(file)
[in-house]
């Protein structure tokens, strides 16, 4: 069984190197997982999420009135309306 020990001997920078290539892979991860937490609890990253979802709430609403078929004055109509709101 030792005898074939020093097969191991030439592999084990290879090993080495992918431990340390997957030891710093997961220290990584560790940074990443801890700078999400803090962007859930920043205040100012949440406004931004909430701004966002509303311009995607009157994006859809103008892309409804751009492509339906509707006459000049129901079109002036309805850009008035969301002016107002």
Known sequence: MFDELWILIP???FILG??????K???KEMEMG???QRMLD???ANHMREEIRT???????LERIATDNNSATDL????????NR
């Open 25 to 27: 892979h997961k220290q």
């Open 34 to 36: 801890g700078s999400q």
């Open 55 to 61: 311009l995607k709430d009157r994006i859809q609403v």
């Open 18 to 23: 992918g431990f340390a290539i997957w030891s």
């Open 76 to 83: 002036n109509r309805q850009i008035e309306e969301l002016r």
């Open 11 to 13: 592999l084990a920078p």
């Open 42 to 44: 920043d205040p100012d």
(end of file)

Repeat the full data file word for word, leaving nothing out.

[in-house]
């Protein structure tokens, strides 16, 4: 069984190197997982999420009135309306 020990001997920078290539892979991860937490609890990253979802709430609403078929004055109509709101 030792005898074939020093097969191991030439592999084990290879090993080495992918431990340390997957030891710093997961220290990584560790940074990443801890700078999400803090962007859930920043205040100012949440406004931004909430701004966002509303311009995607009157994006859809103008892309409804751009492509339906509707006459000049129901079109002036309805850009008035969301002016107002």
Known sequence: MFDELWILIP???FILG??????K???KEMEMG???QRMLD???ANHMREEIRT???????LERIATDNNSATDL????????NR
């Open 25 to 27: 892979h997961k220290q």
């Open 34 to 36: 801890g700078s999400q």
């Open 55 to 61: 311009l995607k709430d009157r994006i859809q609403v």
């Open 18 to 23: 992918g431990f340390a290539i997957w030891s």
């Open 76 to 83: 002036n109509r309805q850009i008035e309306e969301l002016r």
């Open 11 to 13: 592999l084990a920078p």
């Open 42 to 44: 920043d205040p100012d």